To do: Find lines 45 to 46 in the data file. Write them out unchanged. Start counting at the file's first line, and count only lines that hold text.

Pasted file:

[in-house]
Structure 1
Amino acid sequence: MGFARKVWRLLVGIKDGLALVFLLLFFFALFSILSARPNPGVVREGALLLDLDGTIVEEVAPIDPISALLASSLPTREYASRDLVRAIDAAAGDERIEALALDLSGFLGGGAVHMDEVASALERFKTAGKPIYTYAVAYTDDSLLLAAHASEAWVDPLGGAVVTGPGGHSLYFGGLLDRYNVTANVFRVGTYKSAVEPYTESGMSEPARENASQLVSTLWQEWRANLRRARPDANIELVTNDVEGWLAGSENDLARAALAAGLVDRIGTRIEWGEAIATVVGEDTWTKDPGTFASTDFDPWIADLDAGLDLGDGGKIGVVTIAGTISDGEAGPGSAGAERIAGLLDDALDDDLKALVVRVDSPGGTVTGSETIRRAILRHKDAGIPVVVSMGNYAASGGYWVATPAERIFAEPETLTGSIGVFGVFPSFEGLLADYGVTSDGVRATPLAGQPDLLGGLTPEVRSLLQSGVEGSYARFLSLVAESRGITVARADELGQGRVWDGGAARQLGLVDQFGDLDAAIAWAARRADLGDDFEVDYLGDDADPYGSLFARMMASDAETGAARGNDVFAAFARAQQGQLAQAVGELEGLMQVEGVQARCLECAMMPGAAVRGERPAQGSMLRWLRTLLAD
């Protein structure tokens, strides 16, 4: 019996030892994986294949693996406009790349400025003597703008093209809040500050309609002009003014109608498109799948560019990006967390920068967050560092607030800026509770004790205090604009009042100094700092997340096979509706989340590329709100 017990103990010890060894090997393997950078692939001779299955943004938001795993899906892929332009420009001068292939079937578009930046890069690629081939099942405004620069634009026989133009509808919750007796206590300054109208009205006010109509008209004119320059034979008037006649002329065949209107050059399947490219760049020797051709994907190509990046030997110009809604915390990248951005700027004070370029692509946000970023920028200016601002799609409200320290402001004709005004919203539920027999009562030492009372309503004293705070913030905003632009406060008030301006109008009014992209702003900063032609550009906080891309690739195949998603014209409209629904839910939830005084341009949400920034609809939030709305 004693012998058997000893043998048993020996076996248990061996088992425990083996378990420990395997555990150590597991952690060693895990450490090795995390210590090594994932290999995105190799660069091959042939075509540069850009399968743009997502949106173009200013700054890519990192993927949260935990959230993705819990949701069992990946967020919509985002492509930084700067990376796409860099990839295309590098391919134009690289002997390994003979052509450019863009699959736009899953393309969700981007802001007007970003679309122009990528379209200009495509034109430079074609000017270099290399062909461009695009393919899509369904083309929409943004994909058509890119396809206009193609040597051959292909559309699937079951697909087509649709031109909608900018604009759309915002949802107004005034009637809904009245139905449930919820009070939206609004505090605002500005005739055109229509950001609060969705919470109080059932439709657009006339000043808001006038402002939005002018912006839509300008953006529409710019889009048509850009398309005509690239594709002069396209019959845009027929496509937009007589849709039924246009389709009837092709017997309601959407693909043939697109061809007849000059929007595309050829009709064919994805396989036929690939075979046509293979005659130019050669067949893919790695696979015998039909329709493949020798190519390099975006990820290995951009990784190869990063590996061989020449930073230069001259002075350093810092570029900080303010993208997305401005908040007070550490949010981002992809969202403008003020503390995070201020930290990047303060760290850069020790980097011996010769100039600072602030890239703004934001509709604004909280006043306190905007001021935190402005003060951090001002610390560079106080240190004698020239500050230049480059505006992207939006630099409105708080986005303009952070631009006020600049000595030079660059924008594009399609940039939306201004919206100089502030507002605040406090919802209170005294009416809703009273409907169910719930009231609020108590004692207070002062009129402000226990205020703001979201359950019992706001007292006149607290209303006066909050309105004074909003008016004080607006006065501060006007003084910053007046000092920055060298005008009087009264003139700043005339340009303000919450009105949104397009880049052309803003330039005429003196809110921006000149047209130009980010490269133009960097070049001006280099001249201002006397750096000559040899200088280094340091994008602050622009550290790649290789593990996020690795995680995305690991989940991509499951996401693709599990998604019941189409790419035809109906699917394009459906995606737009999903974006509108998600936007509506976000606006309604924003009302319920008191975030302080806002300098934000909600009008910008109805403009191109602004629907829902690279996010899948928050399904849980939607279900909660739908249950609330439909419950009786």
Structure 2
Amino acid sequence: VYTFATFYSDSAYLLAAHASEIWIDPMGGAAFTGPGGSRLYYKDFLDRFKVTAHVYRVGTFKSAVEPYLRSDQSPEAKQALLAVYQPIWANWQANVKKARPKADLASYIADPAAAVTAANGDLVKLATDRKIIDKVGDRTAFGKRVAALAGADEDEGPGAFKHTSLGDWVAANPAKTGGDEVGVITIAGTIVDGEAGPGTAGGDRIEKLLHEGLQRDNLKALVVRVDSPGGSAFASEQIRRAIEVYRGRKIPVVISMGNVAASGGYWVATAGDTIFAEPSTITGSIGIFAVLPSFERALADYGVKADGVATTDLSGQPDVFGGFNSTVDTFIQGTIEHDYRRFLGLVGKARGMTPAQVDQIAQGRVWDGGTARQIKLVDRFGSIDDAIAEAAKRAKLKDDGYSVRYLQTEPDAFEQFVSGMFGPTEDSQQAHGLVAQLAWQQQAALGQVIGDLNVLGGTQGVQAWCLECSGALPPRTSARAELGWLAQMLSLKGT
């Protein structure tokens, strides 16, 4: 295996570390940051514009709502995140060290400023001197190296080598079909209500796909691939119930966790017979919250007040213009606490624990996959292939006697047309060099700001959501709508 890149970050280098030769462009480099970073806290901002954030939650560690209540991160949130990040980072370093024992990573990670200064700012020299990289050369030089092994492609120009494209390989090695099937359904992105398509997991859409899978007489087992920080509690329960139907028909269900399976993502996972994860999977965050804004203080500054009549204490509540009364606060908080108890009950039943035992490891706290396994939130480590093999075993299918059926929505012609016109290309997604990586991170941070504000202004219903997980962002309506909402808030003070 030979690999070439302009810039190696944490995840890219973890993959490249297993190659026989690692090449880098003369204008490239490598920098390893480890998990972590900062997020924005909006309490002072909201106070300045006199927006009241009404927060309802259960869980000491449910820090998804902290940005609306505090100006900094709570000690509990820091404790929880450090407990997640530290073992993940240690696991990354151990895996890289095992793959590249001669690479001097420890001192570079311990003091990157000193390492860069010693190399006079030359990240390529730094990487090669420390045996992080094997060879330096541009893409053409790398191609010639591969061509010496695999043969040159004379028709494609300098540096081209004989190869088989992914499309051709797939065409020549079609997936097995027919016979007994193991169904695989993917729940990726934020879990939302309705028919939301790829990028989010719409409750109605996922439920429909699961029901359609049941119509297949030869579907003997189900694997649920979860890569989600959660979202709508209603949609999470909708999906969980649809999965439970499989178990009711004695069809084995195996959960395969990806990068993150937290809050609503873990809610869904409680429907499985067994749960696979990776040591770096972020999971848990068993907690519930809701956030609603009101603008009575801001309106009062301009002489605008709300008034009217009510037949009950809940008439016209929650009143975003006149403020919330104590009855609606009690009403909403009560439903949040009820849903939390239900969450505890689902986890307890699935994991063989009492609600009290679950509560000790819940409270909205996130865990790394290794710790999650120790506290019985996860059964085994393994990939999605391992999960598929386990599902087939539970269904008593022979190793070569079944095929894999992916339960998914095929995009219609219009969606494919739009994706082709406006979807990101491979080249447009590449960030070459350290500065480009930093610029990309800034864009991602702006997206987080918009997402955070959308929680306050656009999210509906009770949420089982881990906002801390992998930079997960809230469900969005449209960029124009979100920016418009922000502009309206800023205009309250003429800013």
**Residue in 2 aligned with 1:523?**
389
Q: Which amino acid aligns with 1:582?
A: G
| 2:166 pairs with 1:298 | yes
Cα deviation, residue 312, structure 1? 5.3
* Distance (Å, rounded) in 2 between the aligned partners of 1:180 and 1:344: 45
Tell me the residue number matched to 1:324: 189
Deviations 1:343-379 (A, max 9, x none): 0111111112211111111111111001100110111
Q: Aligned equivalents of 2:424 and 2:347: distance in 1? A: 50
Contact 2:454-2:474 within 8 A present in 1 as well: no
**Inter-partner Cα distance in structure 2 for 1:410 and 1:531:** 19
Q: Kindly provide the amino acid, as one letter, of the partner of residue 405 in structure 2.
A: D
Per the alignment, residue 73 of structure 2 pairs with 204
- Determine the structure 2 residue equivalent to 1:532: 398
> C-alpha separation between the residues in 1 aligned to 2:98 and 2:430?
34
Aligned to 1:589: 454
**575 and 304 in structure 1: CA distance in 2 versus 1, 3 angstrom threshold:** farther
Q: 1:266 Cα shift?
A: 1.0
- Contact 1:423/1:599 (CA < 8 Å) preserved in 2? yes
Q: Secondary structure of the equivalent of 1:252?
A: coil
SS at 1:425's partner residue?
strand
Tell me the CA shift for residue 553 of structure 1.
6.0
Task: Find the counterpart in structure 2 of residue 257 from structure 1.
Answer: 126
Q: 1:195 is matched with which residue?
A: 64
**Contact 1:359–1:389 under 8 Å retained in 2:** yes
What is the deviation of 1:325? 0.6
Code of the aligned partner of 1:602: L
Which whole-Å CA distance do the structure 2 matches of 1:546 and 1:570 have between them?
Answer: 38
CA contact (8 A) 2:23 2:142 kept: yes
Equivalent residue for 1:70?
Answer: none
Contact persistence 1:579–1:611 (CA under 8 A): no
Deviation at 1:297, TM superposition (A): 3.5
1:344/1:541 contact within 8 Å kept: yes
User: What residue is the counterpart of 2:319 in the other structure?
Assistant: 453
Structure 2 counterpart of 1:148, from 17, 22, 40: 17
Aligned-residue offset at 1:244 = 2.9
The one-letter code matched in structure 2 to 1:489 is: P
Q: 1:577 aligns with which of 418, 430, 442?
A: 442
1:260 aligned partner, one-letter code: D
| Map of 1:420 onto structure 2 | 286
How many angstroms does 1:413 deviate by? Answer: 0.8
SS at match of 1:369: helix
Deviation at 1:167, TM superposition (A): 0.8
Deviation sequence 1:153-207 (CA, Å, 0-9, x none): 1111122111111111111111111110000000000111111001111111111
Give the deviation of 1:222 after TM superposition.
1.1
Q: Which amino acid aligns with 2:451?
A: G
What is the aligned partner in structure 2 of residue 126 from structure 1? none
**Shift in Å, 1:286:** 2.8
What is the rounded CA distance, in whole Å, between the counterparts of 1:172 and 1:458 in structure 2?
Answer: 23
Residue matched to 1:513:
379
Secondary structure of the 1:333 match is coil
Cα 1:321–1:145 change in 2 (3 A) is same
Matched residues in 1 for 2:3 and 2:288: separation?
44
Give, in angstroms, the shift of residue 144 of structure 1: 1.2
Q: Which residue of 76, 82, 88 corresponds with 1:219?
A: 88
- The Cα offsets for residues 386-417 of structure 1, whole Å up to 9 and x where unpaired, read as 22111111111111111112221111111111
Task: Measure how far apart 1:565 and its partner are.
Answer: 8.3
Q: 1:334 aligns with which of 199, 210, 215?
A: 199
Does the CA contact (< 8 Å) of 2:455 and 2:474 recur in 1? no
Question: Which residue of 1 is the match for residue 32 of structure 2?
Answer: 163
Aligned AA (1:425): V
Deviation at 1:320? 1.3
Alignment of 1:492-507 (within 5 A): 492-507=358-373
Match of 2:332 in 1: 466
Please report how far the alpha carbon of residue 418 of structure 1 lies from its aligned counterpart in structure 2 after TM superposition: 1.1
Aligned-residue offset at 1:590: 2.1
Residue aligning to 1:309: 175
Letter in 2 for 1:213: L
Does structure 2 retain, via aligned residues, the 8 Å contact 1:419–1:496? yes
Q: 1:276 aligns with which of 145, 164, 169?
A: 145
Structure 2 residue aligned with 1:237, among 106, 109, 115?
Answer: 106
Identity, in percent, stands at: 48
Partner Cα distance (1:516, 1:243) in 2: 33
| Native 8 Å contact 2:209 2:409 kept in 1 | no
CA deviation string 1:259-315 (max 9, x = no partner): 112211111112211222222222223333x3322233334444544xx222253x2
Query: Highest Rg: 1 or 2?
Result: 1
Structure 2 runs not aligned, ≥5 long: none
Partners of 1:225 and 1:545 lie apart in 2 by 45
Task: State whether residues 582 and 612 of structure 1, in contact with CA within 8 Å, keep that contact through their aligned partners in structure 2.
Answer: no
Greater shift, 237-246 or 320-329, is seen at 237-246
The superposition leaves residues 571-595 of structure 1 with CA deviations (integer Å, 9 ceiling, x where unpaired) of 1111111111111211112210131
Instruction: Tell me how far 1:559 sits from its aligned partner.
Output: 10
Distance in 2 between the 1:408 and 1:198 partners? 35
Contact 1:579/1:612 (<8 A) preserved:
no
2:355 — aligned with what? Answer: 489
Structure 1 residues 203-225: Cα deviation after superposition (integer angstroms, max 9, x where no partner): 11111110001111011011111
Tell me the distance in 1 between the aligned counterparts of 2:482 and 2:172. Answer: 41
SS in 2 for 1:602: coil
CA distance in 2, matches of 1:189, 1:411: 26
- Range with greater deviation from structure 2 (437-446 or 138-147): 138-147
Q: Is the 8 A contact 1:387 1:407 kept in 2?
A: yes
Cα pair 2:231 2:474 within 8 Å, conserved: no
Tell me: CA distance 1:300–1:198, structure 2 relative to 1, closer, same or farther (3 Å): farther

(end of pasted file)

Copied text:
Answer: 38
CA contact (8 A) 2:23 2:142 kept: yes